The February Food & Fitness Challenge (FFC)

It's the second month of the new year! So since everybody (probably) already abandoned their resolutions, why not make new ones now?

It's super trendy to start a new diet or do a 30-day food challenge at the start of the year.  It's a natural time to want to make changes in your life and start fresh. However, as I'm a contrarian, I'm doing a challenge this month instead!

For the (short) month of February, I am participating in my gym's Food and Fitness challenge (FFC). The rules are: 

-no gluten

-no soy

-no added sugars (even honey!)  - though stevia is allowed 

-no processed foods

-avoid funky oils (seed oils, canola oil) 

-dairy is optional

-you must exercise at least 4 times a week, but only up to 8 times (all types of exercise count!) 

-you must also drink at least 8 glasses of water per day and take a quality fish oil once a day (here's the fish oil our challenge is using) - kombucha and herbal teas count as well

As you can see, this is not a Whole30®. It's not a 21-Day Sugar Detox. It's not a Paleo challenge. It's just about making better choices for one month of your life, maybe changing your way of thinking about food beyond the 28 days. 


And of course, as we know, I'm not one to back down from a challenge. I've never participated in a strict food challenge, so I figured, why the heck not?  What better way to face my food vices head-on than to participate in a group challenge, where I'll have the support of my friends and peers?

Food challenges are not for everyone. Some people can be obsessive, counting every calorie, every macronutrient, obsessing about exercise - all of which distracts from the point of the challenge in the first place.  

I, for one, do not, and will not, count calories. The #IIFYM ("If it fits your macros") trend is just - well, I won't go on a full-blown rant. But the logic behind it is flawed. A calorie is not a calorie.  Unfortunately, donuts do not make your body feel as good as veggies, healthy fats, and good proteins.  It's a sad, tragic fact.

For the most part, I eat a healthy, balanced diet.  I follow a mostly "paleo-ish" diet for health reasons, and it makes me feel great.  However, participating in this challenge will force me to confront those vices I never truly stomped out after going paleo - sugar, namely.  I had a habit of "treating myself" every few days to a sugary treat, but that habit became a daily one I couldn't shake.  On the challenge, it's easy - I have to say no to the Sugar, or else I lose points!* Prizes are a huge motivation, aren't they?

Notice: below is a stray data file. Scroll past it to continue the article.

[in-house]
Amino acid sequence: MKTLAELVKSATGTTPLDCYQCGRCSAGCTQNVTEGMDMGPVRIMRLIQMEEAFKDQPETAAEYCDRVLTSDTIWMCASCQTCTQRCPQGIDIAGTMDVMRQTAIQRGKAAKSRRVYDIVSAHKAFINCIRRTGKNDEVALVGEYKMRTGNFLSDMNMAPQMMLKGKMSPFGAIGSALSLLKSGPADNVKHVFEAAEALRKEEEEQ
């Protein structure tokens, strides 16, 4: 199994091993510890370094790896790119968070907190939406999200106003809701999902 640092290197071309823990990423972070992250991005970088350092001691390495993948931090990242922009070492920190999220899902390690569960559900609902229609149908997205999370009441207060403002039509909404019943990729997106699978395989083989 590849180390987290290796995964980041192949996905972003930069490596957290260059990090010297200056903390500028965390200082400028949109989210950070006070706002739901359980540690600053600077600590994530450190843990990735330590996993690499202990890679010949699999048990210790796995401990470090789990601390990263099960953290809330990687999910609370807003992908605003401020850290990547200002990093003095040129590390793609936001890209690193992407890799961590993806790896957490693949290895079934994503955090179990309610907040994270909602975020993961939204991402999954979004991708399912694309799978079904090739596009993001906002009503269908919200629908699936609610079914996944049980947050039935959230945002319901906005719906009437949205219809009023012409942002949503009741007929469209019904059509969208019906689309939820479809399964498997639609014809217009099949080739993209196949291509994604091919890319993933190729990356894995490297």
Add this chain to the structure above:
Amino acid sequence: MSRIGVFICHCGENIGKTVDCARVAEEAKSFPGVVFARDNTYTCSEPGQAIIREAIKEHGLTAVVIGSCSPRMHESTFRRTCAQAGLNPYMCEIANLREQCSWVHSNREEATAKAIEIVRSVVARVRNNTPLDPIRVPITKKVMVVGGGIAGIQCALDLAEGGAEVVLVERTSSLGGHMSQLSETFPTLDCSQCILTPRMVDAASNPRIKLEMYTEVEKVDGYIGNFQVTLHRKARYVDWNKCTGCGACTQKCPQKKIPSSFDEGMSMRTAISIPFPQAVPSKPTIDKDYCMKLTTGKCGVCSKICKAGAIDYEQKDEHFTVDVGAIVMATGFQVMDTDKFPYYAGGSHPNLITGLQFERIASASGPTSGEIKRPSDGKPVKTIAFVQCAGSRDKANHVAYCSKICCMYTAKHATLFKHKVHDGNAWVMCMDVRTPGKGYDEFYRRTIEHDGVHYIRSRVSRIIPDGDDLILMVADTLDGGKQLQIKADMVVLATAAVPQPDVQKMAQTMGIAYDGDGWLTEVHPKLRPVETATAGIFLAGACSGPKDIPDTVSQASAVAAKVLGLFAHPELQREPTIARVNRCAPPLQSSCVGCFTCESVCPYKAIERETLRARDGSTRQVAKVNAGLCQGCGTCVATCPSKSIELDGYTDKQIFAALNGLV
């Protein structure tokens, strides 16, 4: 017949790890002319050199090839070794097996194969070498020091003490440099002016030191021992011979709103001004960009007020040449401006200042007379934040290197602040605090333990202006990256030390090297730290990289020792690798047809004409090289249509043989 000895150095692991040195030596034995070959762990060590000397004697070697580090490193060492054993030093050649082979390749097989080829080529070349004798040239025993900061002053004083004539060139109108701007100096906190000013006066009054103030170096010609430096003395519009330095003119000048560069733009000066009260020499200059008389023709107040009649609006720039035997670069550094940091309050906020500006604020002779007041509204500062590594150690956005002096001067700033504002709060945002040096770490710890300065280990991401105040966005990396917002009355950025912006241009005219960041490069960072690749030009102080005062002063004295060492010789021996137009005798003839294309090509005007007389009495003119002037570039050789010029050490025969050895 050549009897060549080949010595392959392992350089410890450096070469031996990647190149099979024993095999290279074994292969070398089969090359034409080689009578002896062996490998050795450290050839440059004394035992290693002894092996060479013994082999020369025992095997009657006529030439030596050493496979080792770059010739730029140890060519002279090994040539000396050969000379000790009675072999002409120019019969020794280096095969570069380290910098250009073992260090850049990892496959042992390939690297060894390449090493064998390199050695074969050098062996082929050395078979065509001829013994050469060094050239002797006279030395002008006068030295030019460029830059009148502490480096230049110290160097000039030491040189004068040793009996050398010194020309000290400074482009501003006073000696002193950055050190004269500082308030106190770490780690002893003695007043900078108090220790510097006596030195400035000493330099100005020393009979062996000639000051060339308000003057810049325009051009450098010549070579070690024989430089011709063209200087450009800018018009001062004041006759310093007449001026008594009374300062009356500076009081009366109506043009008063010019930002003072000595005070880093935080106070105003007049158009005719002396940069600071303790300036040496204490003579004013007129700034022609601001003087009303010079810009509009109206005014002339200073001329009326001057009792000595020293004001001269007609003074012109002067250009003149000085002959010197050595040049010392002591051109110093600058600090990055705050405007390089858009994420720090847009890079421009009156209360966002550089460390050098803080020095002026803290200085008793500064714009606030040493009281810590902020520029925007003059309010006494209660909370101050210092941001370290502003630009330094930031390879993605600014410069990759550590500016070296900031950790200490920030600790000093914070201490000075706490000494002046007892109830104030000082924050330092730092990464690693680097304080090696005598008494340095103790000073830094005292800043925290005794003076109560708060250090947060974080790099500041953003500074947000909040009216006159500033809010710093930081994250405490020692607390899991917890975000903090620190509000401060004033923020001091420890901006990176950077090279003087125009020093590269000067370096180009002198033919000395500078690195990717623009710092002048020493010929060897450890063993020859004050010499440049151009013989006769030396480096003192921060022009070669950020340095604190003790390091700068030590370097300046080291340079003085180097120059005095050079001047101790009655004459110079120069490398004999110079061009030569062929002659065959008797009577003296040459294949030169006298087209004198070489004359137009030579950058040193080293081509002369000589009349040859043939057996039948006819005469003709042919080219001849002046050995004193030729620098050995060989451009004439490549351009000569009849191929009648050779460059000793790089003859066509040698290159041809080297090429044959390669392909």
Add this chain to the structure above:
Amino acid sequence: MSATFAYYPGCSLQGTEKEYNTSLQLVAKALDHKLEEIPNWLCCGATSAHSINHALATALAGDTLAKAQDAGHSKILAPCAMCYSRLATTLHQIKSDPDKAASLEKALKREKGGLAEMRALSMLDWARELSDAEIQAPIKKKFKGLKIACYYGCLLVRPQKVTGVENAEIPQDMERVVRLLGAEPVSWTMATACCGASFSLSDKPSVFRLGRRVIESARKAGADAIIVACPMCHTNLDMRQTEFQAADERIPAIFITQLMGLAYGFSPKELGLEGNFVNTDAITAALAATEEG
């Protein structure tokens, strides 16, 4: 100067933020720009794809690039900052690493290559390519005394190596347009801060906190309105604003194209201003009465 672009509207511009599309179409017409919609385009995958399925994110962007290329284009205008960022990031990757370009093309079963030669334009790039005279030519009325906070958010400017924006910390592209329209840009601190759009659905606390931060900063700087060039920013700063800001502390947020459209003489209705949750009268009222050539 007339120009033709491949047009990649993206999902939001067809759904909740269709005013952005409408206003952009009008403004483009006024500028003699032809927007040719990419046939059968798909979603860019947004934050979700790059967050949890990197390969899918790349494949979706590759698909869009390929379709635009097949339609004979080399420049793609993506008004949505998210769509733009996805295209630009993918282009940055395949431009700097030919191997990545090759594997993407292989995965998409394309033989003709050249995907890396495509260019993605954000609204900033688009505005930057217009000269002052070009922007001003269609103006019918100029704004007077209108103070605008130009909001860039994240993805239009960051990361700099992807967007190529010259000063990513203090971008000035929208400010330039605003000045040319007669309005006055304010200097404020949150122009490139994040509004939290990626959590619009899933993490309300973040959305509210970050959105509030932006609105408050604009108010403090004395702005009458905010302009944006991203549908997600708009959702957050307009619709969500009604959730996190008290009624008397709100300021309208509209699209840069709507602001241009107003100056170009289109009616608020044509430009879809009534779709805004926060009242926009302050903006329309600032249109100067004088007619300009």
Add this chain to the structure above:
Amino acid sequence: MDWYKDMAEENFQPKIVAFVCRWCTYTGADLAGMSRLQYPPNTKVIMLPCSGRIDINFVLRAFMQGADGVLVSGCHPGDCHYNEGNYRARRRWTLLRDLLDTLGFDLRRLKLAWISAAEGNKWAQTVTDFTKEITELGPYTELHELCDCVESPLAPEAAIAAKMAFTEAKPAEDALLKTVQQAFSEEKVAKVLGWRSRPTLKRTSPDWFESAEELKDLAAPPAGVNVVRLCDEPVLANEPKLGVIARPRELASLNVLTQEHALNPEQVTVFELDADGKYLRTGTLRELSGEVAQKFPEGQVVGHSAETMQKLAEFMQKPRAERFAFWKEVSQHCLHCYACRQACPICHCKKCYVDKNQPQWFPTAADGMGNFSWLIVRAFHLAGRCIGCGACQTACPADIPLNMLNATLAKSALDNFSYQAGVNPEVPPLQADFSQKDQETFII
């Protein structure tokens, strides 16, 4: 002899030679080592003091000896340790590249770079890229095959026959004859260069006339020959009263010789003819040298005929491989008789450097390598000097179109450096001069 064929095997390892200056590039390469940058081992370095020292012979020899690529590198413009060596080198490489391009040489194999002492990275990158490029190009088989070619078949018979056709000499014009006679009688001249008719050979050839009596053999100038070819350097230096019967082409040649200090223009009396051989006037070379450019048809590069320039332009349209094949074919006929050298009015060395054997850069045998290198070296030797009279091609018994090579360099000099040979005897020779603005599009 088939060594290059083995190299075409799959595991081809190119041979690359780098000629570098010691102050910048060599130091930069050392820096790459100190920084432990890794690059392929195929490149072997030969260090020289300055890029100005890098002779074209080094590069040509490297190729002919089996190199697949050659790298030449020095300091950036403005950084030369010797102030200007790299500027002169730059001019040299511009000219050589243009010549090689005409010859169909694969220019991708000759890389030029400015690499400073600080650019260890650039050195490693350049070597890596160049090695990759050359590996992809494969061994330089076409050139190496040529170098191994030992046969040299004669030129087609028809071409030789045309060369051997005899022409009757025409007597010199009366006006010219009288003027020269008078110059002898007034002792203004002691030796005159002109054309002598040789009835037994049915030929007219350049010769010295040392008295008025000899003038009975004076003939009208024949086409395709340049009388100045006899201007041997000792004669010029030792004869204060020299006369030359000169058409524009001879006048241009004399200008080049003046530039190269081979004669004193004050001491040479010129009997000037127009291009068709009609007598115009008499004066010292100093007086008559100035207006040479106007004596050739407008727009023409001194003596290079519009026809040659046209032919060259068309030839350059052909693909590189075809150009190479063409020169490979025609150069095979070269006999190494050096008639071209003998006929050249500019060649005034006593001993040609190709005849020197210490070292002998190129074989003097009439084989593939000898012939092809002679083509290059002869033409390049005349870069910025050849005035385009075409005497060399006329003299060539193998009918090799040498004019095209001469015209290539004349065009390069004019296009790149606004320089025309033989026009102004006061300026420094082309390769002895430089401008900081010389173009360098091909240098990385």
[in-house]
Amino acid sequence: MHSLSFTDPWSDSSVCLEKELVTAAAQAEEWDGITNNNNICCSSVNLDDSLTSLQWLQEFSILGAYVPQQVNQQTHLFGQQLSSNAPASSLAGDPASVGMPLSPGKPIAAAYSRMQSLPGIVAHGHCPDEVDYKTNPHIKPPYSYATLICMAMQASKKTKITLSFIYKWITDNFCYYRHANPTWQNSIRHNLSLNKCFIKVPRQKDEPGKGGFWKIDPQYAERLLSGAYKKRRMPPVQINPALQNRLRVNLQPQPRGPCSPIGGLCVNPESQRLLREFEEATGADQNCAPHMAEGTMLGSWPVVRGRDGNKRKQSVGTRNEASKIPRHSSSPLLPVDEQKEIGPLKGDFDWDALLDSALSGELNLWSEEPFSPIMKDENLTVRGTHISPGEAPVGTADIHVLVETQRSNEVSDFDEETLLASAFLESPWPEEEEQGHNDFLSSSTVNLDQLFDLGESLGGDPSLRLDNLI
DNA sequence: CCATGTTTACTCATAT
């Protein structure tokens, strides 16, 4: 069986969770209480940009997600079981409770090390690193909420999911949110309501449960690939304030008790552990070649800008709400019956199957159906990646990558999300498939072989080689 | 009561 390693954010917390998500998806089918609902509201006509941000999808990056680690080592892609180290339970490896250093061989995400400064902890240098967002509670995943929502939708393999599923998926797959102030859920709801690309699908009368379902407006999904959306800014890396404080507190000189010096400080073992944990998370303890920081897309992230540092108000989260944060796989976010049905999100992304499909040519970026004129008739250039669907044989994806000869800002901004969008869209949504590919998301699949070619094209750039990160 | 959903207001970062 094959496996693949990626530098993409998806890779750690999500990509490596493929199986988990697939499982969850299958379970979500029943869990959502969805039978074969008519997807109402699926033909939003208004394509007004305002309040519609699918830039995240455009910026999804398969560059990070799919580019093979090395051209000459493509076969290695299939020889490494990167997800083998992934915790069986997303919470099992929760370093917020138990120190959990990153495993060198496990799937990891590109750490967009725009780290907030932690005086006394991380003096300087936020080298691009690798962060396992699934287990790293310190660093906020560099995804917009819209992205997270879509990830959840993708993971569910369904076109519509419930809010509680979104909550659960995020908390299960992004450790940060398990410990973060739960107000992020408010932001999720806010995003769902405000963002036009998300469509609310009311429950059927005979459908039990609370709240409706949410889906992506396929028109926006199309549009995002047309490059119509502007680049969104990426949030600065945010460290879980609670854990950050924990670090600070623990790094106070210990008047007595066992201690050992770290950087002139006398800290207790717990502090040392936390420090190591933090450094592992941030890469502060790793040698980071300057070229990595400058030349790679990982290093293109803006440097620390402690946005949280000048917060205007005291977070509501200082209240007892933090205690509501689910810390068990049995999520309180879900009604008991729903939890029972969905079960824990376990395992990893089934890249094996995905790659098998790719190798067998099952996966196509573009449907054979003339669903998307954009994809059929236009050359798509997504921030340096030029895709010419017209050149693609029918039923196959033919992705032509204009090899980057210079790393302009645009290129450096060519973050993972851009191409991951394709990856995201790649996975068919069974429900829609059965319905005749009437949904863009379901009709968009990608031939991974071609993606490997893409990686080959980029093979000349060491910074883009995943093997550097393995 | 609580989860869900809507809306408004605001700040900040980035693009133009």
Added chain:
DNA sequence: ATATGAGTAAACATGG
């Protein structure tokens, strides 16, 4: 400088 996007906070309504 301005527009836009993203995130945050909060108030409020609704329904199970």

Challenges force you to find alternative ways to treat yourself.  Skip the mocha and go shopping instead.  Or, if you're trying to save those dolla bills, go to the beach, go on a hike, take a long bath instead. Food is usually the cure, but not in all cases ;)


If you're thinking about doing a challenge yourself, here are a few tips:

1) Do it together: Having a support system Is KEY. You don't have to struggle alone! It helps to have friends or peers participaing alongside you, and who will encourage you to keep with it (and slap your hand if you're reaching for that chocolate bar stashed in your desk...). 

2) Be realistic: What does your diet look like right now?  Are you eating bread, pasta, and pastries with abandon?  Then going 100% hardcore paleo right away probably isn't the best option for you.  Be flexible and realistic with your challenge "rules" - start out slow and see what you can handle for your first challenge.  Maybe you cut out gluten, but keep legumes and grains in.  You don't want to set yourself up to fail from the outset.

3) Prepare: Set aside a few hours each weekend (or whatever day/time works for you!) to "meal prep" for the week.  In otherwords, make a ton of food in big batches, so you'll have meals at-the-ready for the entire week.  Yes, you will be eating a lot of the same foods or "leftovers."  If you plan your meals well, you can repurpose your food and reinvent your meals each day so you don't get bored.  I recommend cooking up a ton of protein (roast a whole chicken, cook up a few pounds of ground beef, etc.) and chopping up a hefty amount of veggies to have on hand all week.  You can then throw together these basics into a number of delicious and creative meals all week.  Trust me on this one - cooking every day is not only draining, it's not realistic.  Ain't nobody got time fo' dat.  Instead, come home at night, put some meat and veggies on a plate, heat it all up, and eat.  Save some for lunch the next day.  Easy peasy.

4) DON'T BE HUNGRY - FEED THE MACHINE: So this goes along with #3...don't. let. yourself. STARVE.  How can you do that when your options are limited?  Prepare your meals (am I sounding preachy now?).  Food is fuel.  Your body cannot function without it.  If you're away from home and the only food option doesn't fit your meal plan (and you don't have backup snacks), for god's sake, forget the plan.  EAT.  Sometimes, eating a donut is better than eating nothing.  {I know, I know, there are times when eating a donut is not always the right choice.  It is tragic.  I LOVE DONUTS.}

5) Have a rewards system: It's funny how, even as adults, we need a "reward" for good behavior.  So often, we resort to food as our treat - "I worked hard all week, so I will have that cupcake!" A challenge forces you to find non-food related alternatives.  No matter what, don't deprive yourself of a reward.  We all need some type of motivation - after all, we're only human.  Maybe you treat yourself once a week, or you save up and give yourself a big reward a the end of your challenge.  Whatever keeps you going.

I'll provide a progress report on my own challenge later (spoiler alert: it's going WELL).  Until then, your challenge awaits!


*Yes, our challenge is points-based. If this seems nuts to you, don't worry, there's an after-party as well.